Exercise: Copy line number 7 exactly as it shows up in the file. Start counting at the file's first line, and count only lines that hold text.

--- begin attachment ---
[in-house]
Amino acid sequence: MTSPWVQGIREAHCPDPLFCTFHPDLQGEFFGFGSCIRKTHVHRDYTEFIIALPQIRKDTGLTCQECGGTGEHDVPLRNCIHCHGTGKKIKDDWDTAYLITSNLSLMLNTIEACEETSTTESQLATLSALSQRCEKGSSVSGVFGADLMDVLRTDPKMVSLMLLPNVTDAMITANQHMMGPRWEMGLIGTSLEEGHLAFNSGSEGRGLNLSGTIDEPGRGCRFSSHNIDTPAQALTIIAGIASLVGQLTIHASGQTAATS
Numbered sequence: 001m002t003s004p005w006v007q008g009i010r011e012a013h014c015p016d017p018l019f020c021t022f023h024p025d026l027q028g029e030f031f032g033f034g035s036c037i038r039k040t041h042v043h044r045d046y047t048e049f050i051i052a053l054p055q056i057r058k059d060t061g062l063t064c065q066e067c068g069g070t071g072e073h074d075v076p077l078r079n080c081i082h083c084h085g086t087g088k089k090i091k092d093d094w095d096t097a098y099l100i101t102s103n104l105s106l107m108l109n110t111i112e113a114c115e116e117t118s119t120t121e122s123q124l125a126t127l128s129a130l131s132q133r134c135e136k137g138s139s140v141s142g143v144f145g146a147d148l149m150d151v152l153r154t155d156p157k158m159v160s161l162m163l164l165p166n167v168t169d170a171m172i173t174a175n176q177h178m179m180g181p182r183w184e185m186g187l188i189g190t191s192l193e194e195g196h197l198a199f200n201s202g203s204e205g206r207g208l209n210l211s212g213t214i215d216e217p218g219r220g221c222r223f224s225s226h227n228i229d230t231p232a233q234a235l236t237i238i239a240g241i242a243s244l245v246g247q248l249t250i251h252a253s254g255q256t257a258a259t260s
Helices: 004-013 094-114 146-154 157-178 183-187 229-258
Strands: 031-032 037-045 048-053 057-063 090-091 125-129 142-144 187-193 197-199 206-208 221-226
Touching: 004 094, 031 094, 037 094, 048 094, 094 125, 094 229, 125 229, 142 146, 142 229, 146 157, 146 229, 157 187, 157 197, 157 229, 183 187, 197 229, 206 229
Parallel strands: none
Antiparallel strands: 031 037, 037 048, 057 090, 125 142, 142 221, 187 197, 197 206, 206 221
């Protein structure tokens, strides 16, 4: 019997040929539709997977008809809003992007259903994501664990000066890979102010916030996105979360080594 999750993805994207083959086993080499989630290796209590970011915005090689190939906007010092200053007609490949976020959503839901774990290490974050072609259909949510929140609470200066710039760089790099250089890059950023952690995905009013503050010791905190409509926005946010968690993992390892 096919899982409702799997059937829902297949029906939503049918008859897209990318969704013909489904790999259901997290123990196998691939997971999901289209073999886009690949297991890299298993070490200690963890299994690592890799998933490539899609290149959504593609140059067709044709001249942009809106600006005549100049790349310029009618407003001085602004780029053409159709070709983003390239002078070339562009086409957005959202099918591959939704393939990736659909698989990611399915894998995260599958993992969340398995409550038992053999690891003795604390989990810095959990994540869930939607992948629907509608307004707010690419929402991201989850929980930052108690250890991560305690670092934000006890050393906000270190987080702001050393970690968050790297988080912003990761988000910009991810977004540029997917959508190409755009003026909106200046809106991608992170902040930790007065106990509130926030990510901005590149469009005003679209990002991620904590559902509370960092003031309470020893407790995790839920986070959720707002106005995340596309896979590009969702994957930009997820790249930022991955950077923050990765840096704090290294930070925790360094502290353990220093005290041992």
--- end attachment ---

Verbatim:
Parallel strands: none